You’ve probably heard the popular workplace phrase, It’s not personal, it’s just business. Although that may be true in some cases, it’s crucial to understand that when your job is managing and leading people, it becomes both personal and professional . Sometimes leaders and employees don’t recognize the line where their professional and personal relationships overlap, hurting company culture. These seven ways you’re hurting your company culture show you how to maintain that important line of separation so everyone at your workplace feels valued and respected.
What culture are you building? It’s a question that many people have trouble answering, but it’s a crucial one. The worst thing you can do is assume your company has a culture and spend zero time working on it. If you don’t know what your company culture is, work on figuring it out before you worry about fixing anything else. Bad culture can also impact an organization growth. Check out this INC article: How Culture is Hurting Growth
People aren’t perfect. They aren’t going to be on time all of the time or complete every task with precision, but if you expect that from them, you’re likely to fail. Allow for people to screw up and move past it—they just might surprise you by being there more often than not when they say they will and doing their jobs well. These people are worth keeping around, so don’t look down on them as not professional enough.
One of my favorite excuses is, Well it’s different for me because I’m a boss. When people say that, I ask them to define what makes their situation different. Invariably, they stumble over their words until they realize that in fact it isn’t so different after all—it’s just easier for them to ignore rules and professional boundaries than it is for most people.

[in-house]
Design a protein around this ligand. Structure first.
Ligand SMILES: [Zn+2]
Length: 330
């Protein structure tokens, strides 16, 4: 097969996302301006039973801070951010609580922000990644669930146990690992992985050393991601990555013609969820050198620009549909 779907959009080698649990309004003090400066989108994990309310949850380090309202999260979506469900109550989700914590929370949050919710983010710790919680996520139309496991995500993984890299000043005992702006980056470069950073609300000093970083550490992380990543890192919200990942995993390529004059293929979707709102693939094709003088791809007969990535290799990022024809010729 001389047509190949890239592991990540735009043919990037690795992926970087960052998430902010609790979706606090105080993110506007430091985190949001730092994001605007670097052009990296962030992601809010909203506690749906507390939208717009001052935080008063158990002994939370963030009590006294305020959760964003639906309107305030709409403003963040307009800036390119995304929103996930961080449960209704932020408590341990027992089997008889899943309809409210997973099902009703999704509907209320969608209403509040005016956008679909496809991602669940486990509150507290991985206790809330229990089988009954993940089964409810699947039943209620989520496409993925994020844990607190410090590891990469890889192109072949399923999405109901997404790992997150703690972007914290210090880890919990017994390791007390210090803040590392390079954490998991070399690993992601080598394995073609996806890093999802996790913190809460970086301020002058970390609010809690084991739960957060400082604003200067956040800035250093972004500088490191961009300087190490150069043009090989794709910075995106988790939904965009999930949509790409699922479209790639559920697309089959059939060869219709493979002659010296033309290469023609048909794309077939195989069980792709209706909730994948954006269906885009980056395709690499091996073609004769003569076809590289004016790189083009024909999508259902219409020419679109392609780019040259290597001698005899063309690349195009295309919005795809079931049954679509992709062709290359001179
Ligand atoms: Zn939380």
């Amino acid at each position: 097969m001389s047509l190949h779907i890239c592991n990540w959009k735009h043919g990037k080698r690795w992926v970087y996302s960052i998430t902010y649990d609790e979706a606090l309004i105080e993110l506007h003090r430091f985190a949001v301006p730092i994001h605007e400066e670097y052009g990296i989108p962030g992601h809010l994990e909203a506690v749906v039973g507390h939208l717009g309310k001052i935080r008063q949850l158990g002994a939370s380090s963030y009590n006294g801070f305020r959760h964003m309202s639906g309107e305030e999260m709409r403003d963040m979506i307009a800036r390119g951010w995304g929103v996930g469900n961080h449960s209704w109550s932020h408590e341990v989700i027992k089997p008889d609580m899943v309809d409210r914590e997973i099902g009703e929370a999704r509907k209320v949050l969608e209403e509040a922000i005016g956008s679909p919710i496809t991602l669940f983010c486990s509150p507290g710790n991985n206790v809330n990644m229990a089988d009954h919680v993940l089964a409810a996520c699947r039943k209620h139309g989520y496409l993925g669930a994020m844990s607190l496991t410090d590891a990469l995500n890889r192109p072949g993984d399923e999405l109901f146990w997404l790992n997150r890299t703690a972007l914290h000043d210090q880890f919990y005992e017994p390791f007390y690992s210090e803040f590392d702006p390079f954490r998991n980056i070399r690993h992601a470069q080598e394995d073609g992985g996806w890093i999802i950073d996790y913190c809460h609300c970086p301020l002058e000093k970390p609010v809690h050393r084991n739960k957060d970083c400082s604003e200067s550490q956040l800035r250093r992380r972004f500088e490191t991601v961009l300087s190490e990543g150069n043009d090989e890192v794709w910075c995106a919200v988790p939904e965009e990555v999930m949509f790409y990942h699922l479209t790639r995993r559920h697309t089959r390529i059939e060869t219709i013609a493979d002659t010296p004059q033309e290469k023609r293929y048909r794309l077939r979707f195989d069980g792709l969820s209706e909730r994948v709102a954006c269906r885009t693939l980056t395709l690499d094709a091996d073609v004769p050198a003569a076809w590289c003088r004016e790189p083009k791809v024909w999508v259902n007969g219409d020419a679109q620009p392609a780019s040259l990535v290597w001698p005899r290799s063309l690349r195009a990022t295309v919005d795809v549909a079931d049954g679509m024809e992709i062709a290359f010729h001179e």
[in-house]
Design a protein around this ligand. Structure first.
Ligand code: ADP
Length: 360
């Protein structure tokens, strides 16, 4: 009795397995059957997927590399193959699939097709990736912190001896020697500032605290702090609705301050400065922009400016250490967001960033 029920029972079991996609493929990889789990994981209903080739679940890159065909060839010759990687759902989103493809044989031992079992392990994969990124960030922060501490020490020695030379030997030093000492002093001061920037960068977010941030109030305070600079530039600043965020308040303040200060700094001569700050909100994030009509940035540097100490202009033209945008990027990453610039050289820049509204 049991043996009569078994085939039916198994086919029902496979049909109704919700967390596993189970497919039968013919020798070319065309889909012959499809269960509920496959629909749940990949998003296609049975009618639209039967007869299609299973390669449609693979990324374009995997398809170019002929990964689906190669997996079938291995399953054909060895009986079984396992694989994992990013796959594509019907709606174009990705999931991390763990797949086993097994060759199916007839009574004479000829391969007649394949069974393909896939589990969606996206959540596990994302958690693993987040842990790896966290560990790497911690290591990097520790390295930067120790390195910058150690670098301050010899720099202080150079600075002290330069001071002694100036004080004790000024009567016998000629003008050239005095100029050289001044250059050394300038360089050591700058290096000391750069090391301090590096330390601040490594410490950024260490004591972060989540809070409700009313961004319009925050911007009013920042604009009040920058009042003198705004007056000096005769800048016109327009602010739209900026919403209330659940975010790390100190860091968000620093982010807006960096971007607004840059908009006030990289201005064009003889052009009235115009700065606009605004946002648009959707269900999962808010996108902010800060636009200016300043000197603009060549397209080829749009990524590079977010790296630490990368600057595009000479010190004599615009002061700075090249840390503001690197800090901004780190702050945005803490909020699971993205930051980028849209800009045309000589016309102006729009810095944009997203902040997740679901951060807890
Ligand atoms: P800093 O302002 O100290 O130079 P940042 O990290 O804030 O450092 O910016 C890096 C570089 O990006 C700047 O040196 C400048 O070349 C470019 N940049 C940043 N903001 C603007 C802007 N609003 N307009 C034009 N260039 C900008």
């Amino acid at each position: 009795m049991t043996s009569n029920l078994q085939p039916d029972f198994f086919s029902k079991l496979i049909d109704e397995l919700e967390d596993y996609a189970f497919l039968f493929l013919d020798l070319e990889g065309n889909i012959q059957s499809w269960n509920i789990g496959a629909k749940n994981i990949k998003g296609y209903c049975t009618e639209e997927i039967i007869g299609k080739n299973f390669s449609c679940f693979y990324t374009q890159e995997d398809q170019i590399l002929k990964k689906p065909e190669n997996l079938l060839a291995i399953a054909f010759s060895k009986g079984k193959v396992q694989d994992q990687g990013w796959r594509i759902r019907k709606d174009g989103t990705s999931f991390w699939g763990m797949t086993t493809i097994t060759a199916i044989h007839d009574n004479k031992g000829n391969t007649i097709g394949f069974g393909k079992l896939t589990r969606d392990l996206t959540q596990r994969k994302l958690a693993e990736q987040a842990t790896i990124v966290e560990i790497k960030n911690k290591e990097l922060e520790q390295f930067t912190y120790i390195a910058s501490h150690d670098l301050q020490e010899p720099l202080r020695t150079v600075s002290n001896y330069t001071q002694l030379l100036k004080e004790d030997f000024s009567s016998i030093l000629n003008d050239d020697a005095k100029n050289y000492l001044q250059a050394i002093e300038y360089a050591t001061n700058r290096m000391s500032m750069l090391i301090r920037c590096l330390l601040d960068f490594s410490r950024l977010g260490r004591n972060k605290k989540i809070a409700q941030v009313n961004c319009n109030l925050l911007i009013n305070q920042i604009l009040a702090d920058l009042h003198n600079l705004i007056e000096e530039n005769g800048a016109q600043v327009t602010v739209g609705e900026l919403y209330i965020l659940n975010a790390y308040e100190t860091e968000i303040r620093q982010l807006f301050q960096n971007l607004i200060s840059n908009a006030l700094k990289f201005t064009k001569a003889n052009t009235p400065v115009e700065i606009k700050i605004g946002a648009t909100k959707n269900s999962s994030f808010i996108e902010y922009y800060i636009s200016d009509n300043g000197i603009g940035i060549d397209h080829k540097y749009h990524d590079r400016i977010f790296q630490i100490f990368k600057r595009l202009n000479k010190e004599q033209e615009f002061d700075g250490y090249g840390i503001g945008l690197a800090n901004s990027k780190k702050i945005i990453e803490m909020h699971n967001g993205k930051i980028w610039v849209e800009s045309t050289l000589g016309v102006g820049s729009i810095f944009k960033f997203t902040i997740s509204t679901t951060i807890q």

We’ve all been in a situation where we knew something was wrong but didn’t have to guts to tell someone or we pretended that nothing was going on. It may seem like you’re helping a situation by not saying anything, but in reality, you’re hurting your company culture and most likely tarnishing your image. A good leader communicates how they expect others to behave—and are willing to deal with whatever comes along with it.
When you judge other employees on their differences, your co-workers don’t take your advice seriously. They’ll dismiss your suggestions and snicker behind your back. If you want to improve company culture, you need to treat everyone with respect and try to understand where they’re coming from. Once they feel like they can trust you, they might open up to you and become more willing to work together as a team.
While blaming others for your problems or situations is easy and might give you a false sense of control, it doesn’t help anything. It prevents you from seeing things in a new light and accepting personal responsibility. Instead of looking at what went wrong and trying to fix it, you are wasting energy by getting angry and upset because someone else didn’t do their job right. Take ownership and move forward!
It’s important to address team issues with other employees, and you can do so professionally. However, when you try to fix everyone else’s problems for them—even if you mean well—you end up distracting them from their own issues, preventing them from developing problem-solving skills that are crucial in every position.
Worried about things that feel out of control? Check out this article on Taking Back Control.